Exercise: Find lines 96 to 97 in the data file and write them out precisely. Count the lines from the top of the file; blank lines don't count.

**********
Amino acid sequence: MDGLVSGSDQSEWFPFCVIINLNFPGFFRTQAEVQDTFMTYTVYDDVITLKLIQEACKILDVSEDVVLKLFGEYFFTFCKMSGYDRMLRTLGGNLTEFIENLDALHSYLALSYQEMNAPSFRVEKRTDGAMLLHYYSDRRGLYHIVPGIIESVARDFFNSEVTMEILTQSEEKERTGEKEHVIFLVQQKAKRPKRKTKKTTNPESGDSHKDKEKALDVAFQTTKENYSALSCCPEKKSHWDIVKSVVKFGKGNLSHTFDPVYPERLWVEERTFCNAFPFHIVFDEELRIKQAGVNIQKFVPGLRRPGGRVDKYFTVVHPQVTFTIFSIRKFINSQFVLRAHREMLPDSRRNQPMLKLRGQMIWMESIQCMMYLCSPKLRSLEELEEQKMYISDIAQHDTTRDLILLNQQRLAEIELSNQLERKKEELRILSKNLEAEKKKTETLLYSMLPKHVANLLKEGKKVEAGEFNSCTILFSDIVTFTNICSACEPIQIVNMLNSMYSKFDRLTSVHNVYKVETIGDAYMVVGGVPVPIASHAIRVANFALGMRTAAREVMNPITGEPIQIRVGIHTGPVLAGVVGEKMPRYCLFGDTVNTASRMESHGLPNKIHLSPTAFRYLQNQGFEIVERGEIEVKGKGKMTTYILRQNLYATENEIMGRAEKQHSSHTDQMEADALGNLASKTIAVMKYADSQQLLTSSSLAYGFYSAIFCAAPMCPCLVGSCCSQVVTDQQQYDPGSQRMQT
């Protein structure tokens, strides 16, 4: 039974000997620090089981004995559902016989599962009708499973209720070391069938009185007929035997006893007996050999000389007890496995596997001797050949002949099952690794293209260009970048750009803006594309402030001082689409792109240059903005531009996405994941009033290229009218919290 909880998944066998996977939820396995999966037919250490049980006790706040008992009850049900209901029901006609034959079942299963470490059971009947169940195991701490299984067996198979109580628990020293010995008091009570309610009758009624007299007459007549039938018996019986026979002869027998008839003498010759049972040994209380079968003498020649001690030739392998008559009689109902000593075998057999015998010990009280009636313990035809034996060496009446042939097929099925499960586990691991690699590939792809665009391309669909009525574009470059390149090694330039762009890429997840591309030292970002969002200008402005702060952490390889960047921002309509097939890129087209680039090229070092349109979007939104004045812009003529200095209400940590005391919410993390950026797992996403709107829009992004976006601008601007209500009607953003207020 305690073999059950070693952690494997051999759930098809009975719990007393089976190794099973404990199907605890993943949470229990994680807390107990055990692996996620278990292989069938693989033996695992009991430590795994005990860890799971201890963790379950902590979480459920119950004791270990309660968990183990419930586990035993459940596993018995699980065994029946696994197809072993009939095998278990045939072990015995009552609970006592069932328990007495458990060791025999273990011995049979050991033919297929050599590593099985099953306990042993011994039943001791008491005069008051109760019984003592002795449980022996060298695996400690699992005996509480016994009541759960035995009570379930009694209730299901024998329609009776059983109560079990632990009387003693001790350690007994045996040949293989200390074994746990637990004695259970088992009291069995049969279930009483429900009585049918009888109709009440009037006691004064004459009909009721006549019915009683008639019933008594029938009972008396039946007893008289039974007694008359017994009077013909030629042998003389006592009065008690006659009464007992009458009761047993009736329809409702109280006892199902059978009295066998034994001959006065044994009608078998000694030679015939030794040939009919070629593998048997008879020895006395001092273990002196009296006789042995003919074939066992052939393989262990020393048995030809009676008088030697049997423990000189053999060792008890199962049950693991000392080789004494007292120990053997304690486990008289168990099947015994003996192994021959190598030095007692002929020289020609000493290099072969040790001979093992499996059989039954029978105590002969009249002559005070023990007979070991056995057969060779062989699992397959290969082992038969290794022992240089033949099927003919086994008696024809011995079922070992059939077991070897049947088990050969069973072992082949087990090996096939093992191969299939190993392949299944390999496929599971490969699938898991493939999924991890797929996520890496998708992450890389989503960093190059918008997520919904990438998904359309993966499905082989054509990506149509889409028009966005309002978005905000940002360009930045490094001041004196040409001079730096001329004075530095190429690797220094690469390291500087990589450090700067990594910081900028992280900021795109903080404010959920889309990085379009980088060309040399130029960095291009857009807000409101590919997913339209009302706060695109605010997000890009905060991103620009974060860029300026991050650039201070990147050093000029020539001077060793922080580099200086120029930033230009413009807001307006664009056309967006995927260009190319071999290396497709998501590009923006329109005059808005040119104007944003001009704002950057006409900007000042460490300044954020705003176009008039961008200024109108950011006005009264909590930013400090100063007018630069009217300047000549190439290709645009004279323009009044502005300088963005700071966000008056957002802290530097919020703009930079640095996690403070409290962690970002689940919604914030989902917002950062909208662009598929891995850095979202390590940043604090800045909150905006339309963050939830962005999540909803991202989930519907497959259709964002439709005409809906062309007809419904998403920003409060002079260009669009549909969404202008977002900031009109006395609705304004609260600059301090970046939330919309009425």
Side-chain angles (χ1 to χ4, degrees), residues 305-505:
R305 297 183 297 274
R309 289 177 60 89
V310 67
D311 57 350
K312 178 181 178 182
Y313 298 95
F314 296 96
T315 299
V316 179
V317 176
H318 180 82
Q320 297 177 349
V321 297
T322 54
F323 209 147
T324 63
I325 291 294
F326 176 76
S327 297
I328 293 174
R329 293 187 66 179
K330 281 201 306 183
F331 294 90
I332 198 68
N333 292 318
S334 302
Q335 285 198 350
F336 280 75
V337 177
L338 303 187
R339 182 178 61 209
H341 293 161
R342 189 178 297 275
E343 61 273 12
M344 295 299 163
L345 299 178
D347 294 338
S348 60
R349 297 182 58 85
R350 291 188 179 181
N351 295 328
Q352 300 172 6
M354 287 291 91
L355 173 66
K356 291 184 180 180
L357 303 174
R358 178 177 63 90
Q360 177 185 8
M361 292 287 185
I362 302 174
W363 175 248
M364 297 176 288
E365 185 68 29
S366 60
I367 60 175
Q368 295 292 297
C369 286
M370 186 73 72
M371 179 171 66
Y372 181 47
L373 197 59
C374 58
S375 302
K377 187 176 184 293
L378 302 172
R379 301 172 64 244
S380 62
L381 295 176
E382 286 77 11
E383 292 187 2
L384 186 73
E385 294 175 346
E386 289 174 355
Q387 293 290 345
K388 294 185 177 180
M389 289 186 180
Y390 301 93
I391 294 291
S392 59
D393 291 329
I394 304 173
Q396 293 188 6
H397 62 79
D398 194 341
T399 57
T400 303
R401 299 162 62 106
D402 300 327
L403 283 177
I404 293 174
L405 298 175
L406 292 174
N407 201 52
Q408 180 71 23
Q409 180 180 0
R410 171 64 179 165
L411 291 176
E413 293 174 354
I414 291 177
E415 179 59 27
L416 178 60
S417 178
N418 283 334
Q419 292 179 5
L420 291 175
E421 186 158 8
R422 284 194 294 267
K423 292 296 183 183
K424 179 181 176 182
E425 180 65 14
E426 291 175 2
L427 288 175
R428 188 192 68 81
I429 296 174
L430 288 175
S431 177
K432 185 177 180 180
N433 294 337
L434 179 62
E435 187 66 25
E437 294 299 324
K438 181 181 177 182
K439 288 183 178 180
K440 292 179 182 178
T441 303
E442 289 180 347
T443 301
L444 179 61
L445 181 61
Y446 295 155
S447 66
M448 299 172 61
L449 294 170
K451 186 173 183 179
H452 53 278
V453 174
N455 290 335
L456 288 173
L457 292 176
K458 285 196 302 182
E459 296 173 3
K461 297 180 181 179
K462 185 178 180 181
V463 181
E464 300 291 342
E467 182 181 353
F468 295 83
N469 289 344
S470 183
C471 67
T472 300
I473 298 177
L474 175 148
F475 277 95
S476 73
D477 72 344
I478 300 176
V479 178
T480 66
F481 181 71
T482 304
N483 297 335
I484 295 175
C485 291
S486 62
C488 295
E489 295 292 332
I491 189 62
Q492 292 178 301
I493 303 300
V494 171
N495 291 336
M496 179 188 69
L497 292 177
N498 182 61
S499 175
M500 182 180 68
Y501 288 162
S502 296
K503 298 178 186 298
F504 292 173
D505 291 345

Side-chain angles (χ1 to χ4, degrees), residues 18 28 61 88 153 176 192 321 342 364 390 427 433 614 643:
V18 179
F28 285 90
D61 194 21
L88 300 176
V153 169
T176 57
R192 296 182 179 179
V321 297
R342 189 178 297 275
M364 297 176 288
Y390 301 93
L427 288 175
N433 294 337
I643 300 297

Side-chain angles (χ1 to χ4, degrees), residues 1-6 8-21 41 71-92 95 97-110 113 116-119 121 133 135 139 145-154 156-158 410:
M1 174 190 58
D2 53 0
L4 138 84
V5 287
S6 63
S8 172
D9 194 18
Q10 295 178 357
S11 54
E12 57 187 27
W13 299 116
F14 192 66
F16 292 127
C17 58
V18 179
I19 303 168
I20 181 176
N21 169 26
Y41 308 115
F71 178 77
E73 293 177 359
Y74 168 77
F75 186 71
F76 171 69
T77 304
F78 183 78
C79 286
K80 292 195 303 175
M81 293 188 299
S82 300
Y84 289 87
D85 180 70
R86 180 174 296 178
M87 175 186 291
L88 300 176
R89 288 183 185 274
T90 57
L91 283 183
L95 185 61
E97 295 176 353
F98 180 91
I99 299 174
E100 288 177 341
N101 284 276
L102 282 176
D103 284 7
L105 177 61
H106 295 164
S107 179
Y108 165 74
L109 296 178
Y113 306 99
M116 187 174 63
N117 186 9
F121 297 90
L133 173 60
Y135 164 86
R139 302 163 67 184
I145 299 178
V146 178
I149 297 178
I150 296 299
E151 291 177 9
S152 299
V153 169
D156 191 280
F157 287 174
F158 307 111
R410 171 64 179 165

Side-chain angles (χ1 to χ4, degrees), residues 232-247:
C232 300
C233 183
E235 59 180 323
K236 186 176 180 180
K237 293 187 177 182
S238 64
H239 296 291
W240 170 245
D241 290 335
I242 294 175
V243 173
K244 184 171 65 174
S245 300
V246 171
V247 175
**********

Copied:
N407 201 52
Q408 180 71 23